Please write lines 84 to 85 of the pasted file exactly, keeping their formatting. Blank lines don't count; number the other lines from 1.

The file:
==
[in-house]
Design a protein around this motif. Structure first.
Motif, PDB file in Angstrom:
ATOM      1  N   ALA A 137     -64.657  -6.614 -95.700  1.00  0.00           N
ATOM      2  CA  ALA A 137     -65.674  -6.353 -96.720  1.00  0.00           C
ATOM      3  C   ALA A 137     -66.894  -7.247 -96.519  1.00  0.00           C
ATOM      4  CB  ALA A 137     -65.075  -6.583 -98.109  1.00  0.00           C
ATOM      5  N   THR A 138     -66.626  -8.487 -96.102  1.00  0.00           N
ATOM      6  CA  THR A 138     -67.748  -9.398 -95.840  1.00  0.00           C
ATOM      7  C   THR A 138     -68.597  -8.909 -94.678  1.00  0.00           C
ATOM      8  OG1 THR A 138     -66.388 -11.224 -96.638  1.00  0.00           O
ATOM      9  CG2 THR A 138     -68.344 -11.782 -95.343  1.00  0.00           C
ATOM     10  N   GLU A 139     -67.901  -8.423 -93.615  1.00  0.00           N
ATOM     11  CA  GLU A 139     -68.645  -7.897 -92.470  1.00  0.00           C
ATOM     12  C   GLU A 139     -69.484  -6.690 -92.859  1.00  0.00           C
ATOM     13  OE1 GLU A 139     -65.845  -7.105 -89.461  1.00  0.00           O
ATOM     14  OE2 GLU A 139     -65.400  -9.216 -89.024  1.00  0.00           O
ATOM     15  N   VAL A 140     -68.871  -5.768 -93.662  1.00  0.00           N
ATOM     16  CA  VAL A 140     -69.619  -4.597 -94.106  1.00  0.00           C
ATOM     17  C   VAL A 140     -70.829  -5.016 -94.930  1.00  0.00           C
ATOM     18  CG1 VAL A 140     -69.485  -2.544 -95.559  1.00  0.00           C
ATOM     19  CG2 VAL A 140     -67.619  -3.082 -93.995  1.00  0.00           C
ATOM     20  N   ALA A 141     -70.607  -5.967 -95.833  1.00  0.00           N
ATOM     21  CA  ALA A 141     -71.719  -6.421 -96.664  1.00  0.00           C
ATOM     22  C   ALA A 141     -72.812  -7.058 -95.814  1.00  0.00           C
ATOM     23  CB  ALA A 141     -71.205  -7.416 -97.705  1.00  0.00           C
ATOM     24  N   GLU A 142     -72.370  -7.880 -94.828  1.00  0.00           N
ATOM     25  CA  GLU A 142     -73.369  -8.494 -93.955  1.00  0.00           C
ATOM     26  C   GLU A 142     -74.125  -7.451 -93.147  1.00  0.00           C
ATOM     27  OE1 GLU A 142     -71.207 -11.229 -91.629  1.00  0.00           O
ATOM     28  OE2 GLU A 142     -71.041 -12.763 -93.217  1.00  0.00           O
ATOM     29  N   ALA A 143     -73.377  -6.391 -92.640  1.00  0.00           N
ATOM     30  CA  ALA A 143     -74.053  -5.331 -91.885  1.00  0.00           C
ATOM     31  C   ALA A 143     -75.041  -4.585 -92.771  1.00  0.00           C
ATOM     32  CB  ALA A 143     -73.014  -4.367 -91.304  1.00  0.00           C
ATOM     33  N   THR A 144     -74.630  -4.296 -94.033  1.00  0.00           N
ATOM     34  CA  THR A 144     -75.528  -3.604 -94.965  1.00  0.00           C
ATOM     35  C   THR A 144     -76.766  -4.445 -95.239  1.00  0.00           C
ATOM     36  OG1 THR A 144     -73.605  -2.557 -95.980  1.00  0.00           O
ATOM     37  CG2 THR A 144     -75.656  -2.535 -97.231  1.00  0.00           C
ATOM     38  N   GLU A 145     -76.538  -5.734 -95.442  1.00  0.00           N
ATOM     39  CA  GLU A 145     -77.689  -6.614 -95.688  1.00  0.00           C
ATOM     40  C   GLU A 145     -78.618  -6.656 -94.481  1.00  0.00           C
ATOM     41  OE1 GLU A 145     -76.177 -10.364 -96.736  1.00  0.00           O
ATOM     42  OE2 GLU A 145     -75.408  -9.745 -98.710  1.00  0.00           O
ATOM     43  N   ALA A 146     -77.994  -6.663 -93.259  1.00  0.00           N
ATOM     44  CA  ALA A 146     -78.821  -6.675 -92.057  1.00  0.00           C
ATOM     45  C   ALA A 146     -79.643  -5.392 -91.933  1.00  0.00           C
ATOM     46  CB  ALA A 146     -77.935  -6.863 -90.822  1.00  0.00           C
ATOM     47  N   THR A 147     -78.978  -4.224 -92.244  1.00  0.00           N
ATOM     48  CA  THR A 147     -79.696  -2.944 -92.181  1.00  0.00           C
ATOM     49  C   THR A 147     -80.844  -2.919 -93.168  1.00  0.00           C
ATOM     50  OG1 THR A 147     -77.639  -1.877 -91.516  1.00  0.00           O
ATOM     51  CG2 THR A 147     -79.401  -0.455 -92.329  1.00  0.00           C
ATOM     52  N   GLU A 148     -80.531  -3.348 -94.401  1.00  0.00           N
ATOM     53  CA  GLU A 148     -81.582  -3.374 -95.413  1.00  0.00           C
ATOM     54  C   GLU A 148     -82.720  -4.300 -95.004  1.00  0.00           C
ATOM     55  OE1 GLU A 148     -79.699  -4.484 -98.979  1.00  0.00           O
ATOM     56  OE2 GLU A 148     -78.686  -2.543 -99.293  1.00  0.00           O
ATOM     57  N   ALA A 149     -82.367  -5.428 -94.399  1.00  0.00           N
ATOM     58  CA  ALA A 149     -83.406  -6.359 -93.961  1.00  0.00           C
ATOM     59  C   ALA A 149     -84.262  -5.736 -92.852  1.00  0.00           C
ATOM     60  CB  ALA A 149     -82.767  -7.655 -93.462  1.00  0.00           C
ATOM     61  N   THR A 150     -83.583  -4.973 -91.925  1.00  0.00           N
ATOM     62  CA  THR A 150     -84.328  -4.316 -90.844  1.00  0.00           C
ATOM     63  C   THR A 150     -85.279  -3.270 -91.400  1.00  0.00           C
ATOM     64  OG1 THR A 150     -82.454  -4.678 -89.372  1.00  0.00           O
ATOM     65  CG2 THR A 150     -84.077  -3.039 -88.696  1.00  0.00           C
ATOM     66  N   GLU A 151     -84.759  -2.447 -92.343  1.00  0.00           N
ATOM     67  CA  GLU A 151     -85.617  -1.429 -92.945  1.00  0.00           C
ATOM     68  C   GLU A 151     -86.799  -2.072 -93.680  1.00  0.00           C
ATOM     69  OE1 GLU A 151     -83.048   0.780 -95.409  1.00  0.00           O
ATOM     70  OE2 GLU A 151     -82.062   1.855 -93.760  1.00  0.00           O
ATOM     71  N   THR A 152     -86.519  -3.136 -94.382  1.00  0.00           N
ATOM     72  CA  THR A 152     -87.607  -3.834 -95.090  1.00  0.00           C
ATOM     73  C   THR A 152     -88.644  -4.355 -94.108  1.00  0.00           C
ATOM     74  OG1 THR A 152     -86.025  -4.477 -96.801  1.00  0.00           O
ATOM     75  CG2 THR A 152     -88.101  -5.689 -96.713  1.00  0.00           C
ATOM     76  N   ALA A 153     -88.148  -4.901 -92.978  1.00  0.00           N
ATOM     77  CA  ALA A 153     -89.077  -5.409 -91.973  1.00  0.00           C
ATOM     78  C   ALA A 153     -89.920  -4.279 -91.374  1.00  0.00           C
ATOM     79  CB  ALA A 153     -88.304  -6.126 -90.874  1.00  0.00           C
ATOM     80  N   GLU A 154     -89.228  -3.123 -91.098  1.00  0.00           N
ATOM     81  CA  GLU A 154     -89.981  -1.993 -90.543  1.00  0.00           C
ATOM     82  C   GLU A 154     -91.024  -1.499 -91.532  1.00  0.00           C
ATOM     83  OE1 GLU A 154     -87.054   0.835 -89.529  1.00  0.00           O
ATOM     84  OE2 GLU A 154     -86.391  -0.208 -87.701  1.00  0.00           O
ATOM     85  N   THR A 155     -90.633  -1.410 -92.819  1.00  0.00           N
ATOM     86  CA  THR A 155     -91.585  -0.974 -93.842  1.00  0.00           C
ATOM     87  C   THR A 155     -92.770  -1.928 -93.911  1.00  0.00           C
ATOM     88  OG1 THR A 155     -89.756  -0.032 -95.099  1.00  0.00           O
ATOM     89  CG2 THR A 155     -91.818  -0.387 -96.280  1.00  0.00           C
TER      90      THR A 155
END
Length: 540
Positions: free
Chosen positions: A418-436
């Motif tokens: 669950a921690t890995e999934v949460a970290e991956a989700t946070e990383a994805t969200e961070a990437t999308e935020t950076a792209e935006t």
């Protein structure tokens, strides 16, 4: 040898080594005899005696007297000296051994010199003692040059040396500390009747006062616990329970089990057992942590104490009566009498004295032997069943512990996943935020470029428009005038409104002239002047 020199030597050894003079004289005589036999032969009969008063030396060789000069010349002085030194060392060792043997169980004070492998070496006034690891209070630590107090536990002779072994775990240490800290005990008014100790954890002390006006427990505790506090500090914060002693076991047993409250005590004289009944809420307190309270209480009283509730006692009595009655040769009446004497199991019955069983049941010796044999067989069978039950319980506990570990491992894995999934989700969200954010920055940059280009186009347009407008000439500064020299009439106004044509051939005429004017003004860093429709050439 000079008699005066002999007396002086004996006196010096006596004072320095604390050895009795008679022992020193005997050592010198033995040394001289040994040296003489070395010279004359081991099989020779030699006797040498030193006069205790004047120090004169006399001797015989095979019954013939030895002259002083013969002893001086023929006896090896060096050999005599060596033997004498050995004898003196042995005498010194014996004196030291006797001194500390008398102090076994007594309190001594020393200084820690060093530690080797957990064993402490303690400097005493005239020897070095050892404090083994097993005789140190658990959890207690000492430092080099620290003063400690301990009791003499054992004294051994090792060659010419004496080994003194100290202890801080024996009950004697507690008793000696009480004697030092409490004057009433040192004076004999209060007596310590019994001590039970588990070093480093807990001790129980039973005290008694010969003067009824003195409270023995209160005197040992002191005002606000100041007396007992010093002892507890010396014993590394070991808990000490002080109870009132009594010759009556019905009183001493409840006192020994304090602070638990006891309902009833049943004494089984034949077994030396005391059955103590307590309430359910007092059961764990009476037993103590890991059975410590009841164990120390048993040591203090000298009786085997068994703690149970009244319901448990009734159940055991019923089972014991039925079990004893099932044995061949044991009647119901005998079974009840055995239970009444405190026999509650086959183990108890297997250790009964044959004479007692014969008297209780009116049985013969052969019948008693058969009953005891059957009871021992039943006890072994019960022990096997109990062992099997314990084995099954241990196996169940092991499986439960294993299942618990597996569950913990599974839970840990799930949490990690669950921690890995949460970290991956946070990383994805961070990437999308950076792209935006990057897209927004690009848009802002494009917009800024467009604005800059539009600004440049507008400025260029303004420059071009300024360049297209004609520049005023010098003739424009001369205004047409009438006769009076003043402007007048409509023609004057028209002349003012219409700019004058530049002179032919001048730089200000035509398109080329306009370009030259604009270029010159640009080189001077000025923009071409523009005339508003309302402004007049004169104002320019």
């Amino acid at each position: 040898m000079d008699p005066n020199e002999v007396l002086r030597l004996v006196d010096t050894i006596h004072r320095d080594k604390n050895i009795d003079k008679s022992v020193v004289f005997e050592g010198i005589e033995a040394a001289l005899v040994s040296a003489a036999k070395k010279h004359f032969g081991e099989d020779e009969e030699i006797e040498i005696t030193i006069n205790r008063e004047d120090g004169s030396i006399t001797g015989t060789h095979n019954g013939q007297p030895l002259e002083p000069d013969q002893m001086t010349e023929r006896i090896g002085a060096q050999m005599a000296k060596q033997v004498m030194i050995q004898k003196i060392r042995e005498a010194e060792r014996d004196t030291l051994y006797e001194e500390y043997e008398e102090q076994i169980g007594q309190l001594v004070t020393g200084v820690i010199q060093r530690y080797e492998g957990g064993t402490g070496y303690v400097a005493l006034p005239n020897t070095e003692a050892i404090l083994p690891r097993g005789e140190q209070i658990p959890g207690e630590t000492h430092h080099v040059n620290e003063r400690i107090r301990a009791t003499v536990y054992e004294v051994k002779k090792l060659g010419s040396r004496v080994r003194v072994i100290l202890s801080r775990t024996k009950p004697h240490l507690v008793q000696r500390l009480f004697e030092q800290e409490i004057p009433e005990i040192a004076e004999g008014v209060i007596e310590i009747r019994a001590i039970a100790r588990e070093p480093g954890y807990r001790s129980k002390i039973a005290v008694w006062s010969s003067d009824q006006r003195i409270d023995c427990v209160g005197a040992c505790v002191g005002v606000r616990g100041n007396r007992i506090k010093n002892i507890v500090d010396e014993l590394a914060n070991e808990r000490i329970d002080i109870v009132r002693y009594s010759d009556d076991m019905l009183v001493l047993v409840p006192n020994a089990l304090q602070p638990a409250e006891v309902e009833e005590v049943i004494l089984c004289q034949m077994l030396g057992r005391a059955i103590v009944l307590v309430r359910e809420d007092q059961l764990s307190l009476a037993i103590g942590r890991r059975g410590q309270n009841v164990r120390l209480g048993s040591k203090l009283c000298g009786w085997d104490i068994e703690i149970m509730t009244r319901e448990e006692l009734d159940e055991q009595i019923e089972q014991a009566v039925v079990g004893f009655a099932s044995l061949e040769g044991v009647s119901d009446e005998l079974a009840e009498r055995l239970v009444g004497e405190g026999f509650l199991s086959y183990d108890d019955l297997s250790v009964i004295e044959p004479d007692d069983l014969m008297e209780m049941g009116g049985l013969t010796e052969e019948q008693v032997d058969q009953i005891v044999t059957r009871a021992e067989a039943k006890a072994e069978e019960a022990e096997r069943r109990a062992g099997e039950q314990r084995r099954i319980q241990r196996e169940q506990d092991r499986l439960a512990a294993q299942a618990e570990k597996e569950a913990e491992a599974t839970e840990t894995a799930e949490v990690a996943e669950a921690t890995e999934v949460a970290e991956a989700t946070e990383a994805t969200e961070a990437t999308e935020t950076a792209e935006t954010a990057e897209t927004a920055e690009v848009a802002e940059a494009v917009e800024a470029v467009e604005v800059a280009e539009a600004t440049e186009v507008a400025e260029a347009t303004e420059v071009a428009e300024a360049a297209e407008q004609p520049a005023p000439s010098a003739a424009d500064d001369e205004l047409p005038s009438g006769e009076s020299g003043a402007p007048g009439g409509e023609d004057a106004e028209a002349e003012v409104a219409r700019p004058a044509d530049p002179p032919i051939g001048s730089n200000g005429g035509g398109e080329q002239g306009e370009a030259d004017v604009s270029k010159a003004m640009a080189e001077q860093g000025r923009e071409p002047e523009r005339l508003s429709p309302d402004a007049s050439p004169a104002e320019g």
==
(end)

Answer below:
ATOM     81  CA  GLU A 154     -89.981  -1.993 -90.543  1.00  0.00           C
ATOM     82  C   GLU A 154     -91.024  -1.499 -91.532  1.00  0.00           C